Bill Harmon has known Woods since the days Harmon's brother Butch was his coach. Harmon works with PGA Tour Champions player Jay Haas and has caddied for Haas at events like the Ryder Cup, where Woods was a fellow team member. Harmon has had his own struggles with pitching yips and says Woods probably knows that he can't compete with his short game the way it is.

"He had to have seen it at Hazeltine," says Harmon, who is based at Toscana Country Club in Indian Wells, Calif. "They were nipping pitch shots off that turf and bombing tee shots long and straight. They were playing golf the way he used to play it. It was probably a wake-up call that he wasn't close. I just wish he'd be honest about it. Have a press conference and spend 30 minutest telling people what's going on with your game. Some of this stuff that makes him so mad -- all the speculation -- he brings on himself by being so secretive."

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Whether it's the long-term issues with his driving or the potential flare up of the short game problems, Harmon says Woods has to rebuild his game from scratch -- a big ask for a 40-year-old with a long medical history and a giant competitive legacy to try to recapture.

"He's going to have to change gears, and that's something he hasn't been able to do. He's still talking about being explosive and all that," Harmon says. "This is the greatest player who ever lived. Somebody who won the British Open just hitting irons off the tee. What he's going through, you can't cure with the same old stuff. You have to change the system. The things that should be A-B-C are now a Rubik's Cube for him. Will he have the patience to do it? To put one block on top of the other? He's still Tiger Woods, but he has a long way to go."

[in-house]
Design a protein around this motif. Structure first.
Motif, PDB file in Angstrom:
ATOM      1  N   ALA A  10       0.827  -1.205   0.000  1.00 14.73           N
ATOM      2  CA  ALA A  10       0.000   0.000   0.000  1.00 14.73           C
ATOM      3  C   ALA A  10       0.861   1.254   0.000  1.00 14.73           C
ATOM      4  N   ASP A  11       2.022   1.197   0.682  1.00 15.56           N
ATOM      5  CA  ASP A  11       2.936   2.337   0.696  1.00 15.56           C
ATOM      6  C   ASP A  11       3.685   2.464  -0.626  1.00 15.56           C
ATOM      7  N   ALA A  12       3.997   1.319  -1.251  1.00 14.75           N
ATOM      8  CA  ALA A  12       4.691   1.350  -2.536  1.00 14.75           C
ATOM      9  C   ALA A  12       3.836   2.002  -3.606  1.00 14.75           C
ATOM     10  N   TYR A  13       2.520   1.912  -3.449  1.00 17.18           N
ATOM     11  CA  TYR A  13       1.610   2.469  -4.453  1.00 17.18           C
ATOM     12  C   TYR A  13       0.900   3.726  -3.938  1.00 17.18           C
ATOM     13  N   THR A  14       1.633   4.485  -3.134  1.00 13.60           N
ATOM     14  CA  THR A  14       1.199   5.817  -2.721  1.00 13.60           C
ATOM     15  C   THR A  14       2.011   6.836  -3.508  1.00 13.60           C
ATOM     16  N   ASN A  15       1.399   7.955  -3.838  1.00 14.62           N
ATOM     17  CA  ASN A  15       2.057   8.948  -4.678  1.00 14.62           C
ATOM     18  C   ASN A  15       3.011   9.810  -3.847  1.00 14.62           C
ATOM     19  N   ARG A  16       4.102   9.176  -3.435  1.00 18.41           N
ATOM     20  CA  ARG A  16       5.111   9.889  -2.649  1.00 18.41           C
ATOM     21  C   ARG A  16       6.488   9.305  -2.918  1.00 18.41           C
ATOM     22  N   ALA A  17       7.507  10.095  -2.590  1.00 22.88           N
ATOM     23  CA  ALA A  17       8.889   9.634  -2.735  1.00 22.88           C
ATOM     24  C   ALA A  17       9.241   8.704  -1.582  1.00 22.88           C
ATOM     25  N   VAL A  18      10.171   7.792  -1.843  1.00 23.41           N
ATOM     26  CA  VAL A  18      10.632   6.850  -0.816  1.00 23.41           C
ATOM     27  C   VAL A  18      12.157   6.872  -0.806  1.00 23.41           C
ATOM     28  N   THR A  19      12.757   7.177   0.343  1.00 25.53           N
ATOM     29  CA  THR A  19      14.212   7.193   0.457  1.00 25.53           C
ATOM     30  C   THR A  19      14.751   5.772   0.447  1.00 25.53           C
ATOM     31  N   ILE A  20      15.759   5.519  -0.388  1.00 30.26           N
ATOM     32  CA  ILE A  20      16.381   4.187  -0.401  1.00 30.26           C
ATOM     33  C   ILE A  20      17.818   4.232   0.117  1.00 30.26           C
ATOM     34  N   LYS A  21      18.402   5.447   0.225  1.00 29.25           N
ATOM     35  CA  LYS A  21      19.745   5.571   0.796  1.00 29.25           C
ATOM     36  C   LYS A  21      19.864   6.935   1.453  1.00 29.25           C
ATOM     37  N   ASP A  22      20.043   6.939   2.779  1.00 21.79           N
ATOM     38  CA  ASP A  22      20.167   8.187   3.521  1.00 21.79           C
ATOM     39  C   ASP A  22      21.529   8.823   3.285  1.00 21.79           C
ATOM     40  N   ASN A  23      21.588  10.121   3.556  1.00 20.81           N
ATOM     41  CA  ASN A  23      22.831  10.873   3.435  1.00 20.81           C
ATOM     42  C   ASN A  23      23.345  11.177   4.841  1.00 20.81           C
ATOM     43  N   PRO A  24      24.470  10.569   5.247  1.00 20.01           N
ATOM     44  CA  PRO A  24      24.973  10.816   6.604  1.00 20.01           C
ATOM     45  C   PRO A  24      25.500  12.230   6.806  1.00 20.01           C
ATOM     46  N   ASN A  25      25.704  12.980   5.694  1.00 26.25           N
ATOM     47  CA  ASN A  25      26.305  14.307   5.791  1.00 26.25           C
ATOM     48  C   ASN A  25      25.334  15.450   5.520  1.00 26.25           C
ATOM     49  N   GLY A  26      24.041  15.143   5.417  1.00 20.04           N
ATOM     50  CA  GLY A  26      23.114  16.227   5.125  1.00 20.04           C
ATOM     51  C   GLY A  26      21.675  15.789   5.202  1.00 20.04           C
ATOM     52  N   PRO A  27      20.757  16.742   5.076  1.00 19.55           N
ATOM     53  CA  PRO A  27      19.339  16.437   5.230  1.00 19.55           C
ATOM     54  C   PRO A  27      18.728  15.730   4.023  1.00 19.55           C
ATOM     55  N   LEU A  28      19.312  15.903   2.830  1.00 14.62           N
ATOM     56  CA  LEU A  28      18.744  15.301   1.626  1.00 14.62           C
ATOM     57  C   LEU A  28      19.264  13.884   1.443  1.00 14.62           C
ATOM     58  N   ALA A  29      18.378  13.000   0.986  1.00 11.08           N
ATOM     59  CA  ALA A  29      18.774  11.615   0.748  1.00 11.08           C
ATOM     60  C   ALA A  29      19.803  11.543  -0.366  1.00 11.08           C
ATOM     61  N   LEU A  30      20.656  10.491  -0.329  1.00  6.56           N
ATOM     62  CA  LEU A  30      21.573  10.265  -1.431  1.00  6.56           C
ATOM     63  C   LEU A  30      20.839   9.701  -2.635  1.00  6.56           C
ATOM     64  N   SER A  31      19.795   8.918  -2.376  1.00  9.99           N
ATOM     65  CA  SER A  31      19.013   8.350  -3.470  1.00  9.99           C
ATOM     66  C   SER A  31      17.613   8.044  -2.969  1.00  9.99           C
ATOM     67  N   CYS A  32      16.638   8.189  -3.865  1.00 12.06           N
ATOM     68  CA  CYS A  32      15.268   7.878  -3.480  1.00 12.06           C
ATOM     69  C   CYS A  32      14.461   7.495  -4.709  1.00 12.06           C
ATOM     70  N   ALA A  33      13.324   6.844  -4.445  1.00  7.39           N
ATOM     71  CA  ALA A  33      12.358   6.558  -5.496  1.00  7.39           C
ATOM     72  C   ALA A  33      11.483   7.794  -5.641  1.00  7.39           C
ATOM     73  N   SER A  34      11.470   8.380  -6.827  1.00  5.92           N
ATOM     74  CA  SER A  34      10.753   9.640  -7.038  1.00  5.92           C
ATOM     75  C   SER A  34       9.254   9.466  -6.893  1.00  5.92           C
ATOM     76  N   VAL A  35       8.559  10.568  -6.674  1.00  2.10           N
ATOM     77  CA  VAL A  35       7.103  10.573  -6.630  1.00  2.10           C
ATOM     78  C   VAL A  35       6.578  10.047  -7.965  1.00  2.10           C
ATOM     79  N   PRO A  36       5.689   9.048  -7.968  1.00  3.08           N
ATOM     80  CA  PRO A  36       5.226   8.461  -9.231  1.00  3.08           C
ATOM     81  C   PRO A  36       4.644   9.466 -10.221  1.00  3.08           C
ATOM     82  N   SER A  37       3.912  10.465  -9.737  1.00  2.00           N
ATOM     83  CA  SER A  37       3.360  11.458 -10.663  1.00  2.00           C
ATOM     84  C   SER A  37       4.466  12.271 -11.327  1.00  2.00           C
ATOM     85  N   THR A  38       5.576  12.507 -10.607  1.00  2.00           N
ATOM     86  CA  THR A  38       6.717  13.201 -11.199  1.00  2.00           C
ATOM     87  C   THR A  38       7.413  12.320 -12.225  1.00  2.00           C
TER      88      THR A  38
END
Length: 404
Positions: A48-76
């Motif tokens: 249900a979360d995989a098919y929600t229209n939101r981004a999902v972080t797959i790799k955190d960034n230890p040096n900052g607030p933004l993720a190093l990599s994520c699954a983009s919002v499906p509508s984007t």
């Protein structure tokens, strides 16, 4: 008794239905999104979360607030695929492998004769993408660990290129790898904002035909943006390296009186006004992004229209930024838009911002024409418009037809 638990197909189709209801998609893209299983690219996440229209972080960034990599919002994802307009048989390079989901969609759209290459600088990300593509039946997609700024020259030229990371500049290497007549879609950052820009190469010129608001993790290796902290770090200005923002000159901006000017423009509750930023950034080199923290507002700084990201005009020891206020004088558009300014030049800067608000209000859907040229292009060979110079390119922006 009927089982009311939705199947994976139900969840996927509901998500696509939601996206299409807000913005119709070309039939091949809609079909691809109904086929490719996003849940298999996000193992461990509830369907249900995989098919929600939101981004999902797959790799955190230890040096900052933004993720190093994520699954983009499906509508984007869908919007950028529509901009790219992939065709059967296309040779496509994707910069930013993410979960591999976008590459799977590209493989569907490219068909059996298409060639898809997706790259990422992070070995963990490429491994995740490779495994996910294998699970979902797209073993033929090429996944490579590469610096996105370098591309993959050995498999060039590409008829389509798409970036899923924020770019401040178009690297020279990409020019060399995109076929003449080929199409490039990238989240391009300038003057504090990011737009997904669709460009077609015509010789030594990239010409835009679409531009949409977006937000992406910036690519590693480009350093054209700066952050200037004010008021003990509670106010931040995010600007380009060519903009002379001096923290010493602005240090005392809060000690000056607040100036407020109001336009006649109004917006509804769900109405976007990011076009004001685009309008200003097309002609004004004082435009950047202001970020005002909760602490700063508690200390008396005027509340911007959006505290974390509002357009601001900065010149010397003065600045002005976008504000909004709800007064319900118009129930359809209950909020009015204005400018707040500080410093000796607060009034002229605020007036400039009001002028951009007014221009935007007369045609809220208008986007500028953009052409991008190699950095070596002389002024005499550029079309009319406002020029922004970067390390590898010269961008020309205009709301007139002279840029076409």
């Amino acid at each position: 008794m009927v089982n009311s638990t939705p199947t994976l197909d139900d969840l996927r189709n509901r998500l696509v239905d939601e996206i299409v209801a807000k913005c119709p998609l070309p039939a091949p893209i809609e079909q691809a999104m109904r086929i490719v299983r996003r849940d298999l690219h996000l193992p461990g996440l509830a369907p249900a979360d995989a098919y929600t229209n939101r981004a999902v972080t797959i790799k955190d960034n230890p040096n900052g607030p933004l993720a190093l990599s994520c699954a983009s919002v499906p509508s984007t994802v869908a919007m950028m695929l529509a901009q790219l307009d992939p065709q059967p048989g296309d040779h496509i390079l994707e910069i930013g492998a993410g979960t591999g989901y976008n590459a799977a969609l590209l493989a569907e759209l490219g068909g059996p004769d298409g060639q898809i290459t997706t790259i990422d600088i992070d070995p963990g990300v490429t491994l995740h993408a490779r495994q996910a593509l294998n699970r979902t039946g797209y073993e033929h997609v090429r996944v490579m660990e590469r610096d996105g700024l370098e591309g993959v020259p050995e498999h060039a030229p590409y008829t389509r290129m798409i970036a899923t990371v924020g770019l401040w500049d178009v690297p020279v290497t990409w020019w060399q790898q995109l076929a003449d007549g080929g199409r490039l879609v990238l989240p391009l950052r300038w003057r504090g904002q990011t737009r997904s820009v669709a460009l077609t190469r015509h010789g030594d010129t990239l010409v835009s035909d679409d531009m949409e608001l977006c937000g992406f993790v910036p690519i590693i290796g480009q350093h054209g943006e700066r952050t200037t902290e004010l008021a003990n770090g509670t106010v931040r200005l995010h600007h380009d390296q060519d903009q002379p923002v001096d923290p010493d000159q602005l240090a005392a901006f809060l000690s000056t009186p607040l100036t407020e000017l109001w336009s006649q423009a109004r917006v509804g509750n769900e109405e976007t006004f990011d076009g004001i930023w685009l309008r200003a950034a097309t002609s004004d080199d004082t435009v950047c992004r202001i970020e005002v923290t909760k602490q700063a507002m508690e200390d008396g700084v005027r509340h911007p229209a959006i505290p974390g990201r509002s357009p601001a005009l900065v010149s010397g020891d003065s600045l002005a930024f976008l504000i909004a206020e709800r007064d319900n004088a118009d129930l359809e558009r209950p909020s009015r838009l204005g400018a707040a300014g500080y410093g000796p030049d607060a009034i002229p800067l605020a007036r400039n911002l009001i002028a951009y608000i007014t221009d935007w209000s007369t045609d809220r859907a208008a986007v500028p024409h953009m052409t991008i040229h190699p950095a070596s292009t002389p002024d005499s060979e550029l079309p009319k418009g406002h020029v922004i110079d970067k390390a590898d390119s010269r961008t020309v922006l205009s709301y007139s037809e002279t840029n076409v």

The first step toward finding out just how long is actually playing an event.

"Until you get in the arena, you're not going to know what those vulnerabilities really are," Smith says."You need to get out there and try it, and give yourself something to take to the next tournament. Say he does have this yip issue. It'd be a shock to people and an embarrassment to him, but people would also see him as a human being. They'd see him as a guy having the same problem a lot of people have. They're going to identify with his struggle to get it back. And if he can develop a method that lets him work around it, he could give a lot of players hope that they can get back into the game they love. I'm rooting hard for him."

But the longer Woods' layoff goes, Norman says, the more likely it becomes that he won't come back at all.

"Your confidence can get down to a level where it's hard to get it back up," Norman says. "People expect you to hit it 300 yards as if nothing has changed, but your mind has changed."